Gatwick Airport has said the Airport Commission's decision to recommend a new runway for rival Heathrow was "wrong" but has stopped short of launching a legal battle for the time being.
Earlier this month the commission gave the green light for a third runway – the Northwest Runway option – to be built at the West London hub.
After opposition from Mayor of London Boris Johnson and Richmond Park MP Zac Goldsmith, as well as neighbourhood groups, its chairman Sir Howard Davies said the recommendations for Heathrow were "clear and unanimous".
In its first response to the decision, Gatwick claims it has identified failings in the commission's report, ranging from underestimating when it will reach capacity and overlooking air pollution levels at Heathrow.
"Our view has always been that the assessments on which the Commission's conclusions are based must be thorough, balanced, fair and well evidenced," the report opens.
"We believe that the Commission's report falls short of this standard in a number of very important respects. As a result, the many strengths of Gatwick and the many challenges of Heathrow are both underplayed, leading to a conclusion which we believe is wrong."
Davies' 344-page report said Heathrow would give the economy a £147bn (€147bn, $231bn) boost, add 70,000 jobs by 2050, and connect the airport with 40 more destinations across the world.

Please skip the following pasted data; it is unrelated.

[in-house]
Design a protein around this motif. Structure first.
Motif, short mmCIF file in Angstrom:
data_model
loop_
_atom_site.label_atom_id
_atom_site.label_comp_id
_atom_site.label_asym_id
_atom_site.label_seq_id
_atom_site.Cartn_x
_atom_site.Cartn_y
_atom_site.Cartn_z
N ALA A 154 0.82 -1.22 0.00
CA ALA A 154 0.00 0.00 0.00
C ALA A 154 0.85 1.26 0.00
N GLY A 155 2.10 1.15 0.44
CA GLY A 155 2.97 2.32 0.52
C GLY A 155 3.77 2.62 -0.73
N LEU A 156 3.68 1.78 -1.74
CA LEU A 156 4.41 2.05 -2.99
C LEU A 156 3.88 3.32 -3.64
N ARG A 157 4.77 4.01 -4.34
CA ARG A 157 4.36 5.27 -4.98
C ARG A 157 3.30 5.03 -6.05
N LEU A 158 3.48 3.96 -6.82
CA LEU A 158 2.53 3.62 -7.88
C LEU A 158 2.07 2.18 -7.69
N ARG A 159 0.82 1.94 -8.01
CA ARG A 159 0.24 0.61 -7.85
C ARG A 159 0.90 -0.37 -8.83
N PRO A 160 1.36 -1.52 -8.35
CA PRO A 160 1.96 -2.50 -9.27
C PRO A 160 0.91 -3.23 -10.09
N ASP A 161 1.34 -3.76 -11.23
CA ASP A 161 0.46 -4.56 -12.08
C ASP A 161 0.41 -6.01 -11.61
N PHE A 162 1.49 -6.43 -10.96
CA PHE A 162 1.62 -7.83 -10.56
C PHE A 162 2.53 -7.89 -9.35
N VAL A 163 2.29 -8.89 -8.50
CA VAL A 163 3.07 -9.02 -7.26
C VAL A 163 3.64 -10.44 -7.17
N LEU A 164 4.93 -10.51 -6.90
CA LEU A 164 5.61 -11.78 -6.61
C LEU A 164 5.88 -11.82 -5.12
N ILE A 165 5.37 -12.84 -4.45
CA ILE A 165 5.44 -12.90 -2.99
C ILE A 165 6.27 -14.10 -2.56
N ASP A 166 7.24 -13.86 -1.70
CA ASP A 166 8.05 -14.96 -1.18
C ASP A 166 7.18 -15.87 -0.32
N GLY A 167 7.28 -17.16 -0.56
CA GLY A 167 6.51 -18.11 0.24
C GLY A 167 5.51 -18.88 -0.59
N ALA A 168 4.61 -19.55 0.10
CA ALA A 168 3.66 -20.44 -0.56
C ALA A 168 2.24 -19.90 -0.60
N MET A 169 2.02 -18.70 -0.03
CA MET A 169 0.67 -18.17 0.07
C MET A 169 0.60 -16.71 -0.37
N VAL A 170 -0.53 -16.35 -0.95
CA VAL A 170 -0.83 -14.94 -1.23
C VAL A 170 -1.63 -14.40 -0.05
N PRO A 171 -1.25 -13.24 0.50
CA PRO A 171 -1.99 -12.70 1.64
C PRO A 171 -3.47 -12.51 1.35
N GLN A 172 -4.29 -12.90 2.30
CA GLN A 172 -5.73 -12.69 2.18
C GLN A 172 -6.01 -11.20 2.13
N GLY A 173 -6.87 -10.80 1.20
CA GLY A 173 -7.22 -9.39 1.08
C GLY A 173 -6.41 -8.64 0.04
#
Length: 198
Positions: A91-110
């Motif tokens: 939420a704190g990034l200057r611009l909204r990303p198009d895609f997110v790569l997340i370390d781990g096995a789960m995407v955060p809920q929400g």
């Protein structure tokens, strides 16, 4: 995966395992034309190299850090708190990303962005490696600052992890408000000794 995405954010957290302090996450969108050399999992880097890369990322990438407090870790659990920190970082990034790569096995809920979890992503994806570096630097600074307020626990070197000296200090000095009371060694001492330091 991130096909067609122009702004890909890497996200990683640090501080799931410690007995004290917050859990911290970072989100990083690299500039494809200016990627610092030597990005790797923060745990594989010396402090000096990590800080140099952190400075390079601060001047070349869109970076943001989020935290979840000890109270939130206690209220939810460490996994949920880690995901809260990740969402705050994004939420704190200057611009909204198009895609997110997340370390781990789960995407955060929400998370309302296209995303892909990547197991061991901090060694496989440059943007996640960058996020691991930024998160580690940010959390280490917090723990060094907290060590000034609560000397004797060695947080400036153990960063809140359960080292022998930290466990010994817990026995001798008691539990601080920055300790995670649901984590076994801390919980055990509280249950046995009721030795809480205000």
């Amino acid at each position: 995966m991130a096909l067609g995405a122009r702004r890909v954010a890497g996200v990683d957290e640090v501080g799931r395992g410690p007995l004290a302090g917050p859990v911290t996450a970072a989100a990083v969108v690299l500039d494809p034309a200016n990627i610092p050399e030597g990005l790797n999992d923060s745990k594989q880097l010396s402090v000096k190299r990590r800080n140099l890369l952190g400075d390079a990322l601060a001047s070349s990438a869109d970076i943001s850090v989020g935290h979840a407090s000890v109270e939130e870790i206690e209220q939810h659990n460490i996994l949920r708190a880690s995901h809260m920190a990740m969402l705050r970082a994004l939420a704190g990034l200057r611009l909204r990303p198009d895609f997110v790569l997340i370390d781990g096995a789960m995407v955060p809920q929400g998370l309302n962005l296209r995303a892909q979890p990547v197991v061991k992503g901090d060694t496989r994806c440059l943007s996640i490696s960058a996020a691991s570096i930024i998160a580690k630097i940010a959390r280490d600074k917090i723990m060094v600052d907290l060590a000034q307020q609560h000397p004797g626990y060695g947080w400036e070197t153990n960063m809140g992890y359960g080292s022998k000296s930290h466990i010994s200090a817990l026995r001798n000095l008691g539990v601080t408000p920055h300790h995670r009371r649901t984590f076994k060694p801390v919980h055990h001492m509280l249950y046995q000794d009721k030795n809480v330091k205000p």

The public, however, could be made to stump up billions towards the £18bn price tag and the new runway would result in the destruction of 783 homes in a nearby village.
In May, Gatwick CEO Steve Wingate said it would take its fight all the way to court if the commission voted in favour of Heathrow.
"Any proposal to expand Heathrow would be unlawful," he said, because it would breach European Union air pollution laws.
However, airport chairman Sir Roy McNulty told the BBC it had not considered mounting a legal challenge.
In response, Heathrow said it was "the only solution which can help British businesses compete for global growth, and support a truly national recovery built on exports, skills and investment."